The primary question on the minds of people who have been newly diagnosed with genital herpes is, “how did I get this disease?” Genital herpes is a sexually transmitted disease caused by the herpes simplex virus (HSV), and there are two main ways you can contract it. The primary way the disease is transmitted is through penetrative sex, vaginally or anally.
More women than men are infected with HSV primarily because a man ejaculates his semen, which contains the herpes simplex virus, into his sexual partner. However, a woman can infect her sexual partner with the disease if her secretions find their way into a cut or open sores on the person’s body.
Genital herpes can also be transmitted orally. There are two forms of the herpes simplex virus: HSV Type 1 (HSV-1) and HSV Type 2 (HSV-2). HSV-1 primarily affects the mouth and lips and produces cold sores or fever blisters while HSV-2 affects the penis, vagina, and anus and produces genital herpes. A person with HSV-1 can infect his or her sexual partner with genital herpes through oral sex.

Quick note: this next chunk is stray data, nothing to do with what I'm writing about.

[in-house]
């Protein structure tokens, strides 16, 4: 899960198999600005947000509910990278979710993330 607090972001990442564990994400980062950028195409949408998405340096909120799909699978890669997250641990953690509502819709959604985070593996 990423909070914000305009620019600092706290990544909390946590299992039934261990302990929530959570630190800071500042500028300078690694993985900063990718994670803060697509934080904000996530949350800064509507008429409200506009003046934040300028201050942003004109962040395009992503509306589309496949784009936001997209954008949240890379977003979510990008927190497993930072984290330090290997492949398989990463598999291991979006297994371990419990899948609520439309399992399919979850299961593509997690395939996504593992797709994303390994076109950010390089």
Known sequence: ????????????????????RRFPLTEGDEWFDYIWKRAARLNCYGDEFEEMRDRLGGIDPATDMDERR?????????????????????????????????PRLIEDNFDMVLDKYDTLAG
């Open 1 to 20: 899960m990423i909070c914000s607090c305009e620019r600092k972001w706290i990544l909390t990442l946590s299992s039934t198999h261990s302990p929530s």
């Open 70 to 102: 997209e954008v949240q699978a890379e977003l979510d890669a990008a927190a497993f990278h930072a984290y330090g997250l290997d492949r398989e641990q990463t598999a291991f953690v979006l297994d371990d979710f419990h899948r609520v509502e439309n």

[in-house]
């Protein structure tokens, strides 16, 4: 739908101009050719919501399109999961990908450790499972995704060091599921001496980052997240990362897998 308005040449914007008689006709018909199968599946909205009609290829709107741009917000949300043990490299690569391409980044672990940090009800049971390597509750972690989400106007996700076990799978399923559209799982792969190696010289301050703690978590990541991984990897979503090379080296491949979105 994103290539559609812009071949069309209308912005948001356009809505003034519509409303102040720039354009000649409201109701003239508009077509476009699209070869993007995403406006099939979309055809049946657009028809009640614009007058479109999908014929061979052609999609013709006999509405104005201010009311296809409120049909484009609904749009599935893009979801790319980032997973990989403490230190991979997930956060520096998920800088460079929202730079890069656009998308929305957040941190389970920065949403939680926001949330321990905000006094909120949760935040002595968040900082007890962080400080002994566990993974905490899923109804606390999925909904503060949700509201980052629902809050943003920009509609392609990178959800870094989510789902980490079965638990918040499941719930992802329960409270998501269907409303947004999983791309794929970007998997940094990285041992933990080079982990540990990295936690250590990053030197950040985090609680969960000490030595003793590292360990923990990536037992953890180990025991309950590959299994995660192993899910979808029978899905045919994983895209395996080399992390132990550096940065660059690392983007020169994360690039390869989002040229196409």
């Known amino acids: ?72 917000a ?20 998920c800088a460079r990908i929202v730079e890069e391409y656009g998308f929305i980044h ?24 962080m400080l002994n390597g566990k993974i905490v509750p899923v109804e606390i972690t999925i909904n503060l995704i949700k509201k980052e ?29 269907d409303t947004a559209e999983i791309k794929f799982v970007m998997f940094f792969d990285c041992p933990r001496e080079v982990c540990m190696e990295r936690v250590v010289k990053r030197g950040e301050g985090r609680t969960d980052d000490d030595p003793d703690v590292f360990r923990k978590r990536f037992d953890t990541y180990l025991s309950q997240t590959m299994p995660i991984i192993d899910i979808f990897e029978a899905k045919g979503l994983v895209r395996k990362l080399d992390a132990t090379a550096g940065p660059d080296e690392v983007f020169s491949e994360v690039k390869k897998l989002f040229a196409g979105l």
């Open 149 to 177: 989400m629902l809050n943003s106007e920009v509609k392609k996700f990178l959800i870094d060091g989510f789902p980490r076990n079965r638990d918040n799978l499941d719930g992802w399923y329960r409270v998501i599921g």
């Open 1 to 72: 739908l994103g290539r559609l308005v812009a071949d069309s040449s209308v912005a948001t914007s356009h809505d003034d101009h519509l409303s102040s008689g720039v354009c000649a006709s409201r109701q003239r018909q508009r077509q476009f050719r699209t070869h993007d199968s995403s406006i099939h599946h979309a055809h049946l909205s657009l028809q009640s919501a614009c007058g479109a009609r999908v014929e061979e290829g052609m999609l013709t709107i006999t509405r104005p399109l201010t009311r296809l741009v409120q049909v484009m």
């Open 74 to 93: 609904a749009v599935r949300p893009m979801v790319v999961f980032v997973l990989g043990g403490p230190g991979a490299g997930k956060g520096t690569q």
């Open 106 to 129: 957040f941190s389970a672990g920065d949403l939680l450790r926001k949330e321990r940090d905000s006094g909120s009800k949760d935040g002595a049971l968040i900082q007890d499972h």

While sex is the primary vehicle for the spread of genital herpes, it can be transmitted through almost any skin to skin contact where bodily fluids are involved. However, the virus cannot live for very long outside of the body. Therefore, you are unlikely to contract the disease from a toilet seat or other type of non-living surfaces.
Preventing Genital Herpes
There is no cure for the herpes simplex virus. The best way to prevent contracting the disease is to avoid all sexual contact with other people. Barring that, you should always practice safe sex. Condoms and dental dams should be used during every sexual encounter, and you should avoid having sex with an infected partner while the virus is active in his or her system.
If you do contract genital herpes, there are medications you can take that will help prevent outbreaks or reduce the number of outbreaks you experience.